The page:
Building a Learning Healthcare Network:The transition of the Vascular Interventional Surgical Care Outcomes Assessment Program to the Comparative Effectiveness Research Translation Network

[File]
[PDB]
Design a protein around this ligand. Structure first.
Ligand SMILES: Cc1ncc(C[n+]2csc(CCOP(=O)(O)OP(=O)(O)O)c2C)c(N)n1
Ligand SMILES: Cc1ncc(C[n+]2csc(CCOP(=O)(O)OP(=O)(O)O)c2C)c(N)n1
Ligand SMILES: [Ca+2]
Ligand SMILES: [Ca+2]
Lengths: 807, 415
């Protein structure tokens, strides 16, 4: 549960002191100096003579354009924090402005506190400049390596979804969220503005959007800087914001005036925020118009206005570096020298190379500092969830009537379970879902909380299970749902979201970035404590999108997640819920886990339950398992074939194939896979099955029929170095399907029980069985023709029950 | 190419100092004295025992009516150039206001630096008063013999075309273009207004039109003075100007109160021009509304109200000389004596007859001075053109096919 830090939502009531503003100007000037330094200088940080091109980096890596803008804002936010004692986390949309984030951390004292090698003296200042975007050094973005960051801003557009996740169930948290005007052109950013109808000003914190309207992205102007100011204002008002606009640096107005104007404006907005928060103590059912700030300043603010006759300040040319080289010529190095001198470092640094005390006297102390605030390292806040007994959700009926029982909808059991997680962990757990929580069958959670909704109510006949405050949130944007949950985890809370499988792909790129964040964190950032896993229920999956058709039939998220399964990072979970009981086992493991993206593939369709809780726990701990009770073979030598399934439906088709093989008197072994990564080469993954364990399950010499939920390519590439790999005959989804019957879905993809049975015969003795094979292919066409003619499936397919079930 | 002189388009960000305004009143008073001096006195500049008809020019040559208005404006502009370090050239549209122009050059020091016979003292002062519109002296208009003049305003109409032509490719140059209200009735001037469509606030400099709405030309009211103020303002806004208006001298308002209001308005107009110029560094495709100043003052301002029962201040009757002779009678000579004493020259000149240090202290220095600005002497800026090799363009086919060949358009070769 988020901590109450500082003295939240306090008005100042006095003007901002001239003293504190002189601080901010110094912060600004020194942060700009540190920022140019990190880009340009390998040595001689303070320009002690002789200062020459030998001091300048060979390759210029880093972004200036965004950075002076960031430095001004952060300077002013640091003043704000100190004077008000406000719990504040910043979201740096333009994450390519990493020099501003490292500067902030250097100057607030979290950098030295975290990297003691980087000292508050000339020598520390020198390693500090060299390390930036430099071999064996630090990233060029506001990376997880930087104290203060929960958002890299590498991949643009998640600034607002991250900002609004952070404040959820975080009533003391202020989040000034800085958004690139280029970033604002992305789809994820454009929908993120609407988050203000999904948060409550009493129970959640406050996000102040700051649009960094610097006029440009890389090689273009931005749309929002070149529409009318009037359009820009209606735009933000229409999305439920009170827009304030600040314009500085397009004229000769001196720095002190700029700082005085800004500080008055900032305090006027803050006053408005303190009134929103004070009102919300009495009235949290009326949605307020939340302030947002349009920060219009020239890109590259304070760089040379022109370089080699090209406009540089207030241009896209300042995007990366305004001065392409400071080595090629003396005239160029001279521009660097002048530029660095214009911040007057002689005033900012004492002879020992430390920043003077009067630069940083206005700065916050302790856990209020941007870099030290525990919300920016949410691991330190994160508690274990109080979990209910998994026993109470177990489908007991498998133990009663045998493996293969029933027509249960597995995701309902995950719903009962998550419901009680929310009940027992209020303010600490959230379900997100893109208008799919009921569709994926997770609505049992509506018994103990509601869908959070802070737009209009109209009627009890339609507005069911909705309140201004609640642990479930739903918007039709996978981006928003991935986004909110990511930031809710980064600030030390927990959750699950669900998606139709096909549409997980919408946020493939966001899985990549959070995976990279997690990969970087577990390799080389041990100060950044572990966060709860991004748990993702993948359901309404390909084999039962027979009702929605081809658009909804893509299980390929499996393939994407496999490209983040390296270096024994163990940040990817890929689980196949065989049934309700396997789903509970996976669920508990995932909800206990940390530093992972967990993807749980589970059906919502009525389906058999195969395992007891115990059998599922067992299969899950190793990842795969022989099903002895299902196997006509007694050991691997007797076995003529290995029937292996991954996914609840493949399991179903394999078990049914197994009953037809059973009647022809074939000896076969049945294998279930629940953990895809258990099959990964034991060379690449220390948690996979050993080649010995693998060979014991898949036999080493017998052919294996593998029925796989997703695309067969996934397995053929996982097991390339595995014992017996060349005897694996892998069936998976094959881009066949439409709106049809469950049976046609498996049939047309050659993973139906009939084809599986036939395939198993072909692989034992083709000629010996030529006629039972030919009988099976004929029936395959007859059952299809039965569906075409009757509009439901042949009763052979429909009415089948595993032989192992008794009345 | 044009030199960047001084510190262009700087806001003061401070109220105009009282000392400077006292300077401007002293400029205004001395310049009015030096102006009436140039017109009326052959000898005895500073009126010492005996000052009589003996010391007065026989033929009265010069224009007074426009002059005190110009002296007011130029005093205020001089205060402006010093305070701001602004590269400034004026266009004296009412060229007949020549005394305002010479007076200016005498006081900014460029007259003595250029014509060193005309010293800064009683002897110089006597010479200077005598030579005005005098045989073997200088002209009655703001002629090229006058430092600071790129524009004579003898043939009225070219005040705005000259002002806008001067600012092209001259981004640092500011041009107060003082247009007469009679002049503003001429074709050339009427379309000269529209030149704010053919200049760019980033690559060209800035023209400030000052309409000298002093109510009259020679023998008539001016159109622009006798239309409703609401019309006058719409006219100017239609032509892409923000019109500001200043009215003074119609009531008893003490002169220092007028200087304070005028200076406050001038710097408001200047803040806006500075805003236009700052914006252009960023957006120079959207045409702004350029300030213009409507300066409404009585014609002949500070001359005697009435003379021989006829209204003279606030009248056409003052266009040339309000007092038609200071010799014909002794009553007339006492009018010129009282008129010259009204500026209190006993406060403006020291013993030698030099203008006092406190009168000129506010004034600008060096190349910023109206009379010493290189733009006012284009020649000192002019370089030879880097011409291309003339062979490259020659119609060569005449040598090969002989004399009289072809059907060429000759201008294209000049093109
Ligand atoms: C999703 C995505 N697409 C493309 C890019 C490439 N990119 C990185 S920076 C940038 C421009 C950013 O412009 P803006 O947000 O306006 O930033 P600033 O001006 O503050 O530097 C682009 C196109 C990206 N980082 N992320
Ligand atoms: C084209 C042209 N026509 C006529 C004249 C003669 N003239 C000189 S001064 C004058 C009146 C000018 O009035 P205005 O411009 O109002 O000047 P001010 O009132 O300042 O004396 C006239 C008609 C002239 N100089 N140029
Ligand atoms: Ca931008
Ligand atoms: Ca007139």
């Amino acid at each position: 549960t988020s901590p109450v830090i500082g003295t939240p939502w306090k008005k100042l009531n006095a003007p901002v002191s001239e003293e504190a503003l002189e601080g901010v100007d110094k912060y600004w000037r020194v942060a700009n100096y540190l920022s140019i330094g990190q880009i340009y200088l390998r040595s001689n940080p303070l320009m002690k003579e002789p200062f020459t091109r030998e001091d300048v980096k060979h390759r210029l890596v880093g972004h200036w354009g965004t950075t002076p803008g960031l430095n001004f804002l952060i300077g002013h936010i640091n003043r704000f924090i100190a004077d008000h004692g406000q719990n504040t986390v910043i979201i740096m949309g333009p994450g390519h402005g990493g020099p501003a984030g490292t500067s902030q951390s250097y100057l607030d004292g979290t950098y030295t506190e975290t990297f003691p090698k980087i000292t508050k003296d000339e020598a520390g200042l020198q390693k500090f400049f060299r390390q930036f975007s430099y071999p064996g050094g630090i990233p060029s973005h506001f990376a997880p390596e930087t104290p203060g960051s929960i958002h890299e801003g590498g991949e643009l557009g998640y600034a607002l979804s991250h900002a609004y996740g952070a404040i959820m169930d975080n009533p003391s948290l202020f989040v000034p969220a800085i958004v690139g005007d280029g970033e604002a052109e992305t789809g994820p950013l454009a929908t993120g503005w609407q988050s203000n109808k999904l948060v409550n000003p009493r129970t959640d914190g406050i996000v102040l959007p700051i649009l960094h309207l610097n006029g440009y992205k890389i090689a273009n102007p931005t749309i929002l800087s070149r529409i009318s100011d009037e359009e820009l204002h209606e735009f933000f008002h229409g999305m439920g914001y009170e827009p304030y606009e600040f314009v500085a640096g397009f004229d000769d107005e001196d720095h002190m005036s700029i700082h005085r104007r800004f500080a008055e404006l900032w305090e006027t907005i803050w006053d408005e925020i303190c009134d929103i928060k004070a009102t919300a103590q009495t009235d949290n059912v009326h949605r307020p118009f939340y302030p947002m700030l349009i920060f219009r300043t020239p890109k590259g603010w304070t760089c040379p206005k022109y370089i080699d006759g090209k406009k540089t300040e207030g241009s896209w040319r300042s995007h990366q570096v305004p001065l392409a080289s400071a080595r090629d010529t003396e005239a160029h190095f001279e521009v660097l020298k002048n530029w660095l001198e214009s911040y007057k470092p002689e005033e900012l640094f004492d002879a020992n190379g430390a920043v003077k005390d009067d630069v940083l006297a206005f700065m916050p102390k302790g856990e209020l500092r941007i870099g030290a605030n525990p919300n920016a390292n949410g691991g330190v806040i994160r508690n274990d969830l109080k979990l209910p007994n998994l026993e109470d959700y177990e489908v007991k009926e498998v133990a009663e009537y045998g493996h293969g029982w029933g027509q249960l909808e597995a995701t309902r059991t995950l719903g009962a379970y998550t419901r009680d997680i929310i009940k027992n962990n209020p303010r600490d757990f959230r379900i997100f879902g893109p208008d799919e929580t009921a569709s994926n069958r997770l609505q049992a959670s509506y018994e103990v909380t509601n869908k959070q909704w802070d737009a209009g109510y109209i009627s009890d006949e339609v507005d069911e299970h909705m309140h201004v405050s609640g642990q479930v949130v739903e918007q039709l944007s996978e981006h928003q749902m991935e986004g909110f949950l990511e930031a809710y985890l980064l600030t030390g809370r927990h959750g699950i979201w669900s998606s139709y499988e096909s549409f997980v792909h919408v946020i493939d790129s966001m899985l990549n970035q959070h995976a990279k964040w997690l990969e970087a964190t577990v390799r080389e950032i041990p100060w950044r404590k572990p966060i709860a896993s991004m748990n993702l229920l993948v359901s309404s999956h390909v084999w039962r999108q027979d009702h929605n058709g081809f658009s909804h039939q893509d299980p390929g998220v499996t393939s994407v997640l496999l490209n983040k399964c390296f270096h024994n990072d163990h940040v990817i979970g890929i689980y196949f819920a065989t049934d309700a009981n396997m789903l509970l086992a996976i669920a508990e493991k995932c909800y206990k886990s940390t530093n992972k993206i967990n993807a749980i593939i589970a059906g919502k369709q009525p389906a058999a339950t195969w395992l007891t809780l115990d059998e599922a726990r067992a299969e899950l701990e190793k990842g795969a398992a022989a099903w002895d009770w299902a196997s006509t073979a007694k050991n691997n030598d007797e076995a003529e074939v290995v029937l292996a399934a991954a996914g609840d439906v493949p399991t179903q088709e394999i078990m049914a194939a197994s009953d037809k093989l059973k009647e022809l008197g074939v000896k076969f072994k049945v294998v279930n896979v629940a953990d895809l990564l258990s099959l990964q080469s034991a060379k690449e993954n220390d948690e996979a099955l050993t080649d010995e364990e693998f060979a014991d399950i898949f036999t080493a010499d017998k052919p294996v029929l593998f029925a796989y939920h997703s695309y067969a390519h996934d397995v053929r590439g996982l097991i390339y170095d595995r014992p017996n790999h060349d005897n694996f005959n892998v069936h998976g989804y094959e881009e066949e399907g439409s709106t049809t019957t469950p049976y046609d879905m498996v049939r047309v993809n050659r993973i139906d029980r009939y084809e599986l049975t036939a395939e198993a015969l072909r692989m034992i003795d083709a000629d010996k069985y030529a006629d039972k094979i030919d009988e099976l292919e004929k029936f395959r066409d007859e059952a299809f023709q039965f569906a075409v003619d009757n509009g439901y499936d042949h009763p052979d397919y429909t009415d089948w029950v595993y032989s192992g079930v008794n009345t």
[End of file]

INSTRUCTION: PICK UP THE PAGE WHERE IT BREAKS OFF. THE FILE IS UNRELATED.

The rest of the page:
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Building a Learning Healthcare Network:The transition of the Vascular Interventional Surgical Care Outcomes Assessment Program to the Comparative Effectiveness Research Translation Network The purpose of the thesis: "Building a Learning Healthcare Network: The transition of the Vascular Interventional Surgical Care Outcomes Assessment Program to (VI SCOAP) the the Comparative Effectiveness Research Translation Network (CERTAIN)" is to describe the creation of a learning healthcare network. In "The Learning Health System and its Innovation Collaboratives Update Report" that was published in 20111, the Institute of Medicine (IOM) describes a learning network as one that harnesses the sum of individual clinical data to answer a clinical question. It does this by applying rigorous research methodology to deliver a best practice, evidence based recommendation for how to address the clinical problem. In addition, it incorporates the patient experience into this process with the final sum being a network that delivers the right therapy to the right patient at the right time in a way that is patient centered. Critical to this network is the ability to translate the best practice recommendation directly into the physicians practice so that the improvement in quality and/or appropriateness occurs immediately. In effect, this system learns from itself and incorporates that learning into its implementation with the goal of reducing variation in care delivery and overall costs to the system. In 2009, data from VI SCOAP revealed variation in the approach among vascular surgeons, interventional radiologists, and cardiologists, to treating mild and moderate claudication. Furthermore, there remained clinical debate as to the best form of intervention for this population - open surgery, endovascular stenting, or usual care (walking program, smoking cessation counseling, medication). This variation in approach to intervention and appropriateness of intervention has implications for both large healthsystem delivery costs and patient safety and lends itself to comparative effectivness research. This is the story of what the Washington State medical community has undertaken to be part of the nationwide transformation in the United States healthcare system. Not only have the clinicians been willing to embrace change, they have orchestrated it. Washington State physicians have been bold in their openness to question the status quo, work together to build a better health system, and remain single minded in their care and concern for the patients they serve.
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